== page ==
Child benefit is currently being paid at double the normal rate in respect of 140 sets of triplets and six sets of quadruplets, at an annual cost of almost £170,000.

Child benefit is payable to some 12,500 sets of twins and the estimated additional annual cost of paying the benefit at double the normal rate in respect of twins is in the region of £9 million.

A special once-off grant of £300 is payable on the birth of triplets and £400 where four or more children are born together. These arrangements were extended to include the birth of twins in 1993 when the grant of £200 was introduced. In recognition of the significant additional costs involved for parents of twins, I made provision in the 1996 budget for an increase in the grant payable on the birth of twins from £200 to £500 and for the introduction of a new grant of £500 which is payable on the twins reaching the ages of four and 12 years. The improved arrangements for the payment of grants in respect of twins were brought into effect from 1 January 1996. To date some 1,400 sets of twins have benefited at a cost of almost £700,000.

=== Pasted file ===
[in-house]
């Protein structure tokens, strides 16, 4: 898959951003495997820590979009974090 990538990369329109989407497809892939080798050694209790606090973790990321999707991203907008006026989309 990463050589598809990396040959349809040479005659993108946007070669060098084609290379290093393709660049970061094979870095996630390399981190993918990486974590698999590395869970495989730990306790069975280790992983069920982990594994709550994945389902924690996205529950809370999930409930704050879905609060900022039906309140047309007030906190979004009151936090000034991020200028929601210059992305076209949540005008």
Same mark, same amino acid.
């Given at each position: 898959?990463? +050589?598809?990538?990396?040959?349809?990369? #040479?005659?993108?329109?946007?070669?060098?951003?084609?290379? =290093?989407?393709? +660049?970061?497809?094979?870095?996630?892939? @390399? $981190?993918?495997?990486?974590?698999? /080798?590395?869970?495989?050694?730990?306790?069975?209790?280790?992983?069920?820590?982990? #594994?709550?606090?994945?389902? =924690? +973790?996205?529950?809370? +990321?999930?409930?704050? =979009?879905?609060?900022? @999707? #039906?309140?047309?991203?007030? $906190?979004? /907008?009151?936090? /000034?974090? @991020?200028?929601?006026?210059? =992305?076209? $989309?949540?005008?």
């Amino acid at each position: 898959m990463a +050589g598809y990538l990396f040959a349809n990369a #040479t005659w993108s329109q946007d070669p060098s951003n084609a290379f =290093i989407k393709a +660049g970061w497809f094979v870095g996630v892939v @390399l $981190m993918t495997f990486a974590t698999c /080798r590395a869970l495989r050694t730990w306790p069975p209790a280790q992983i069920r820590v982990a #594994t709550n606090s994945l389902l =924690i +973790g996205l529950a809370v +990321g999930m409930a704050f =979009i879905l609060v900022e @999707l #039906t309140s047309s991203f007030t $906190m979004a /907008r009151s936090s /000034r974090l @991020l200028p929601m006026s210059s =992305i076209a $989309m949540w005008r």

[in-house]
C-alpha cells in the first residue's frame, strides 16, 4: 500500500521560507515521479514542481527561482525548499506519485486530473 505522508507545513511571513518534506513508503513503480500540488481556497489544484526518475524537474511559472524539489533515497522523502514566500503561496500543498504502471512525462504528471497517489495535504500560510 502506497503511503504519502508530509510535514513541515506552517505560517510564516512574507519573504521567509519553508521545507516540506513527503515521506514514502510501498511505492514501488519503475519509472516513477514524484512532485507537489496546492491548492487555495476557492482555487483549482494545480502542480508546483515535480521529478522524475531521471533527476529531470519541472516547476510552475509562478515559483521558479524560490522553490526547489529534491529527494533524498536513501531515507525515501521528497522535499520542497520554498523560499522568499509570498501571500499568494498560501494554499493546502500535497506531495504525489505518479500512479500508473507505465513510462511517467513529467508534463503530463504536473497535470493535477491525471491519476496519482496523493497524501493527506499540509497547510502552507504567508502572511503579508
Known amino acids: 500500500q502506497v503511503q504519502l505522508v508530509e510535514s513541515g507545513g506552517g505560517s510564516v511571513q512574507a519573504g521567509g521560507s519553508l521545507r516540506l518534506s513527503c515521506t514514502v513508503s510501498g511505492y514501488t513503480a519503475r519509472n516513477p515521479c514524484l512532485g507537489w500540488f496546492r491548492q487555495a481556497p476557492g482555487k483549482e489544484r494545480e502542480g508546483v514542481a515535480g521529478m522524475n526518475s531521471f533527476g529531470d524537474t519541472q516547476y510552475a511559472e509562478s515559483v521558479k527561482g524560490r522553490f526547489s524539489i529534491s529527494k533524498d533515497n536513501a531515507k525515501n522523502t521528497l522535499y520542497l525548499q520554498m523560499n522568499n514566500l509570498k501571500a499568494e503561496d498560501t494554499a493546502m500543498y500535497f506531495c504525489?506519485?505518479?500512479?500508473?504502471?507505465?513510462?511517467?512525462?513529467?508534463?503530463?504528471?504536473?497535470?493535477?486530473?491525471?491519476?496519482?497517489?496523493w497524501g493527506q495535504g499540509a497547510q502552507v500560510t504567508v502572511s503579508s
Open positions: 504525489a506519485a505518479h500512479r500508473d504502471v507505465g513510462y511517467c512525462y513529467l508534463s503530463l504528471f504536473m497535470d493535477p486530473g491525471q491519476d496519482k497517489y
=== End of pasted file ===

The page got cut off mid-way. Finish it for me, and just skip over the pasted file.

In addition to the improved grants, the monthly rates of child benefit have been increased to £29 for the first two children and to £34 for the third and subsequent children. When taken together with the increases provided for in the 1995 budget, these rates represent an increase of 45 per cent in the rate payable for the first two children and 36 per cent in the higher rate payable in respect of other children. Any further improvements in child benefit must be considered in the light of available resources and within a budgetary context.